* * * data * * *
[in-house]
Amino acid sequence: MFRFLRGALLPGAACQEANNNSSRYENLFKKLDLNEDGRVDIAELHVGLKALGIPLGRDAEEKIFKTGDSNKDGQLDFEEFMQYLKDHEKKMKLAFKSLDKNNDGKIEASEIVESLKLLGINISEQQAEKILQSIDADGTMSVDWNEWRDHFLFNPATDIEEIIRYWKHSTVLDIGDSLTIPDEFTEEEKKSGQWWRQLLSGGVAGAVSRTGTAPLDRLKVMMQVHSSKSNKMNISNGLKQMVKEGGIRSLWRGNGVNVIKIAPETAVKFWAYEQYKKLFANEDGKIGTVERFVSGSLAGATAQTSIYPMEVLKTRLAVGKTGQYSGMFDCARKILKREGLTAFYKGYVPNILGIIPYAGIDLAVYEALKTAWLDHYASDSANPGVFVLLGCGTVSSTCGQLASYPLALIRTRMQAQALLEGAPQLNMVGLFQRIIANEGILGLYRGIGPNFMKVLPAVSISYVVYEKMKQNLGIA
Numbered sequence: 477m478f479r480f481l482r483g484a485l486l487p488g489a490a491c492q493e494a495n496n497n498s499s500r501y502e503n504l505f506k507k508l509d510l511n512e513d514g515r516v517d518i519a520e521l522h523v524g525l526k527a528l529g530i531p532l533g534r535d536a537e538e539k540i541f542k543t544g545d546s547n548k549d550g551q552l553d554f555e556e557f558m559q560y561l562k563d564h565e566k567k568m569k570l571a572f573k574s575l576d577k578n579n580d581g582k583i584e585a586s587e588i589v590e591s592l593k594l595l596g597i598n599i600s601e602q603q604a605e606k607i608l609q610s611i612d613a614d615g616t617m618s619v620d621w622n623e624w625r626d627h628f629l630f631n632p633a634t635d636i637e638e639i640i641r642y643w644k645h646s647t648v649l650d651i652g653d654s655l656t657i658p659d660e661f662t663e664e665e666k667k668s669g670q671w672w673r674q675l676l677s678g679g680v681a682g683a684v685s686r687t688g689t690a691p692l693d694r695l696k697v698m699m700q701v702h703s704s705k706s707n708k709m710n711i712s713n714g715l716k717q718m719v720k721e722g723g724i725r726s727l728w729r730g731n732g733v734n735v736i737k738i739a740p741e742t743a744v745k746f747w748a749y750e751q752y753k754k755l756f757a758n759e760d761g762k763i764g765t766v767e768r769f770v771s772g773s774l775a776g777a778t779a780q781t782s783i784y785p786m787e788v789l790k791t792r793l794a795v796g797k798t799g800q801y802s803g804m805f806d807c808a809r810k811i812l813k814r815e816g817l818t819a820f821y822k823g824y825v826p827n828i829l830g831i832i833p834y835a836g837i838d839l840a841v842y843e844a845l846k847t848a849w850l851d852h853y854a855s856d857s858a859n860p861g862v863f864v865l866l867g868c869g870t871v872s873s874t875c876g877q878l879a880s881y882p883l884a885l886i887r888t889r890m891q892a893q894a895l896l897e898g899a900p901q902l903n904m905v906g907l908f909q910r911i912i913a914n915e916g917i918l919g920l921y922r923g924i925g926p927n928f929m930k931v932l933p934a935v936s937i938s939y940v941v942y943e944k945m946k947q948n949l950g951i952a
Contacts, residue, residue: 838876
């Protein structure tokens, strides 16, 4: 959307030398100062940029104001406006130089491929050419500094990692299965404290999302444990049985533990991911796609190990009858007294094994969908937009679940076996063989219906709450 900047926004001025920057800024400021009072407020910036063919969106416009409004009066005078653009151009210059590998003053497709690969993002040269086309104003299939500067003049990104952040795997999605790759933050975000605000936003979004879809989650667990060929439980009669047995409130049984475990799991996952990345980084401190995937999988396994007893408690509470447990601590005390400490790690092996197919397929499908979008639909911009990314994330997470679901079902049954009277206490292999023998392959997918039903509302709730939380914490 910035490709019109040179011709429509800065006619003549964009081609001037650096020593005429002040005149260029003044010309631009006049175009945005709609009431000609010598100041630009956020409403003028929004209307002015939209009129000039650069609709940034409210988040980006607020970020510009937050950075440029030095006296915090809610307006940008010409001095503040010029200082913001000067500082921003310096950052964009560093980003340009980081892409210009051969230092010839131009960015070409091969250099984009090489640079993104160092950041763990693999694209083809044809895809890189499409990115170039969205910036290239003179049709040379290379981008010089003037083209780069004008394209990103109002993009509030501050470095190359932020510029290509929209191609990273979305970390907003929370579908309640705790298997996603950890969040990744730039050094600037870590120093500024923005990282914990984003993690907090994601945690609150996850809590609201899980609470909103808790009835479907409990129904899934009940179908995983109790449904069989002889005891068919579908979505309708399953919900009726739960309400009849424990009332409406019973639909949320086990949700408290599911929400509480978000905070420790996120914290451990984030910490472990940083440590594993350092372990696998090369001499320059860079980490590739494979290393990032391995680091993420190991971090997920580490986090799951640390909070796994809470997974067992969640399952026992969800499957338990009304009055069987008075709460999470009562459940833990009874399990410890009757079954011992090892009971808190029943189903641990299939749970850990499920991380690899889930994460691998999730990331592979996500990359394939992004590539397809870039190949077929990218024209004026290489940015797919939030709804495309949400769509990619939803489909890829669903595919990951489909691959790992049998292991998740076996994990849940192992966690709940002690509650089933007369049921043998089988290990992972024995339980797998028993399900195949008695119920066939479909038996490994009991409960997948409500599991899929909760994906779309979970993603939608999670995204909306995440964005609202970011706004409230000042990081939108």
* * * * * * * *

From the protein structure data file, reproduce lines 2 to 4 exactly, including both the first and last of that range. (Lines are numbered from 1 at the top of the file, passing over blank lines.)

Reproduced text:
Amino acid sequence: MFRFLRGALLPGAACQEANNNSSRYENLFKKLDLNEDGRVDIAELHVGLKALGIPLGRDAEEKIFKTGDSNKDGQLDFEEFMQYLKDHEKKMKLAFKSLDKNNDGKIEASEIVESLKLLGINISEQQAEKILQSIDADGTMSVDWNEWRDHFLFNPATDIEEIIRYWKHSTVLDIGDSLTIPDEFTEEEKKSGQWWRQLLSGGVAGAVSRTGTAPLDRLKVMMQVHSSKSNKMNISNGLKQMVKEGGIRSLWRGNGVNVIKIAPETAVKFWAYEQYKKLFANEDGKIGTVERFVSGSLAGATAQTSIYPMEVLKTRLAVGKTGQYSGMFDCARKILKREGLTAFYKGYVPNILGIIPYAGIDLAVYEALKTAWLDHYASDSANPGVFVLLGCGTVSSTCGQLASYPLALIRTRMQAQALLEGAPQLNMVGLFQRIIANEGILGLYRGIGPNFMKVLPAVSISYVVYEKMKQNLGIA
Numbered sequence: 477m478f479r480f481l482r483g484a485l486l487p488g489a490a491c492q493e494a495n496n497n498s499s500r501y502e503n504l505f506k507k508l509d510l511n512e513d514g515r516v517d518i519a520e521l522h523v524g525l526k527a528l529g530i531p532l533g534r535d536a537e538e539k540i541f542k543t544g545d546s547n548k549d550g551q552l553d554f555e556e557f558m559q560y561l562k563d564h565e566k567k568m569k570l571a572f573k574s575l576d577k578n579n580d581g582k583i584e585a586s587e588i589v590e591s592l593k594l595l596g597i598n599i600s601e602q603q604a605e606k607i608l609q610s611i612d613a614d615g616t617m618s619v620d621w622n623e624w625r626d627h628f629l630f631n632p633a634t635d636i637e638e639i640i641r642y643w644k645h646s647t648v649l650d651i652g653d654s655l656t657i658p659d660e661f662t663e664e665e666k667k668s669g670q671w672w673r674q675l676l677s678g679g680v681a682g683a684v685s686r687t688g689t690a691p692l693d694r695l696k697v698m699m700q701v702h703s704s705k706s707n708k709m710n711i712s713n714g715l716k717q718m719v720k721e722g723g724i725r726s727l728w729r730g731n732g733v734n735v736i737k738i739a740p741e742t743a744v745k746f747w748a749y750e751q752y753k754k755l756f757a758n759e760d761g762k763i764g765t766v767e768r769f770v771s772g773s774l775a776g777a778t779a780q781t782s783i784y785p786m787e788v789l790k791t792r793l794a795v796g797k798t799g800q801y802s803g804m805f806d807c808a809r810k811i812l813k814r815e816g817l818t819a820f821y822k823g824y825v826p827n828i829l830g831i832i833p834y835a836g837i838d839l840a841v842y843e844a845l846k847t848a849w850l851d852h853y854a855s856d857s858a859n860p861g862v863f864v865l866l867g868c869g870t871v872s873s874t875c876g877q878l879a880s881y882p883l884a885l886i887r888t889r890m891q892a893q894a895l896l897e898g899a900p901q902l903n904m905v906g907l908f909q910r911i912i913a914n915e916g917i918l919g920l921y922r923g924i925g926p927n928f929m930k931v932l933p934a935v936s937i938s939y940v941v942y943e944k945m946k947q948n949l950g951i952a
Contacts, residue, residue: 838876